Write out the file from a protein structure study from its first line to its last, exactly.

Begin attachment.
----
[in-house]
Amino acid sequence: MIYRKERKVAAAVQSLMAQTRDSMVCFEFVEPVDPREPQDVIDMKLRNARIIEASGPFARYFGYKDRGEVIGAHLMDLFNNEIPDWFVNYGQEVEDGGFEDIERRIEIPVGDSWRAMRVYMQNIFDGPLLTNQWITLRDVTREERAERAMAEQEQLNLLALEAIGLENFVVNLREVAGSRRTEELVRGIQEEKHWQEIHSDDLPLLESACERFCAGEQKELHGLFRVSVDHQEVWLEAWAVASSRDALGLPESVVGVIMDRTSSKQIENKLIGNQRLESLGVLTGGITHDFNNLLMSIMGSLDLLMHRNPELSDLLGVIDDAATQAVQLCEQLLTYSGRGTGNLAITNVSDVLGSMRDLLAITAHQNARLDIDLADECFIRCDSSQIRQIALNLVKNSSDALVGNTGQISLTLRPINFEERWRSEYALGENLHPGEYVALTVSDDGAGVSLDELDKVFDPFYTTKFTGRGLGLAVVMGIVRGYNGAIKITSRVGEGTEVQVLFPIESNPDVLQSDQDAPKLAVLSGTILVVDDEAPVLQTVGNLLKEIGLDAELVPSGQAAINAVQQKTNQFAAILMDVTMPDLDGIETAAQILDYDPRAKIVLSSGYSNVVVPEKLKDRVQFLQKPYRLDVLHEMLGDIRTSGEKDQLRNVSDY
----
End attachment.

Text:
[in-house]
Amino acid sequence: MIYRKERKVAAAVQSLMAQTRDSMVCFEFVEPVDPREPQDVIDMKLRNARIIEASGPFARYFGYKDRGEVIGAHLMDLFNNEIPDWFVNYGQEVEDGGFEDIERRIEIPVGDSWRAMRVYMQNIFDGPLLTNQWITLRDVTREERAERAMAEQEQLNLLALEAIGLENFVVNLREVAGSRRTEELVRGIQEEKHWQEIHSDDLPLLESACERFCAGEQKELHGLFRVSVDHQEVWLEAWAVASSRDALGLPESVVGVIMDRTSSKQIENKLIGNQRLESLGVLTGGITHDFNNLLMSIMGSLDLLMHRNPELSDLLGVIDDAATQAVQLCEQLLTYSGRGTGNLAITNVSDVLGSMRDLLAITAHQNARLDIDLADECFIRCDSSQIRQIALNLVKNSSDALVGNTGQISLTLRPINFEERWRSEYALGENLHPGEYVALTVSDDGAGVSLDELDKVFDPFYTTKFTGRGLGLAVVMGIVRGYNGAIKITSRVGEGTEVQVLFPIESNPDVLQSDQDAPKLAVLSGTILVVDDEAPVLQTVGNLLKEIGLDAELVPSGQAAINAVQQKTNQFAAILMDVTMPDLDGIETAAQILDYDPRAKIVLSSGYSNVVVPEKLKDRVQFLQKPYRLDVLHEMLGDIRTSGEKDQLRNVSDY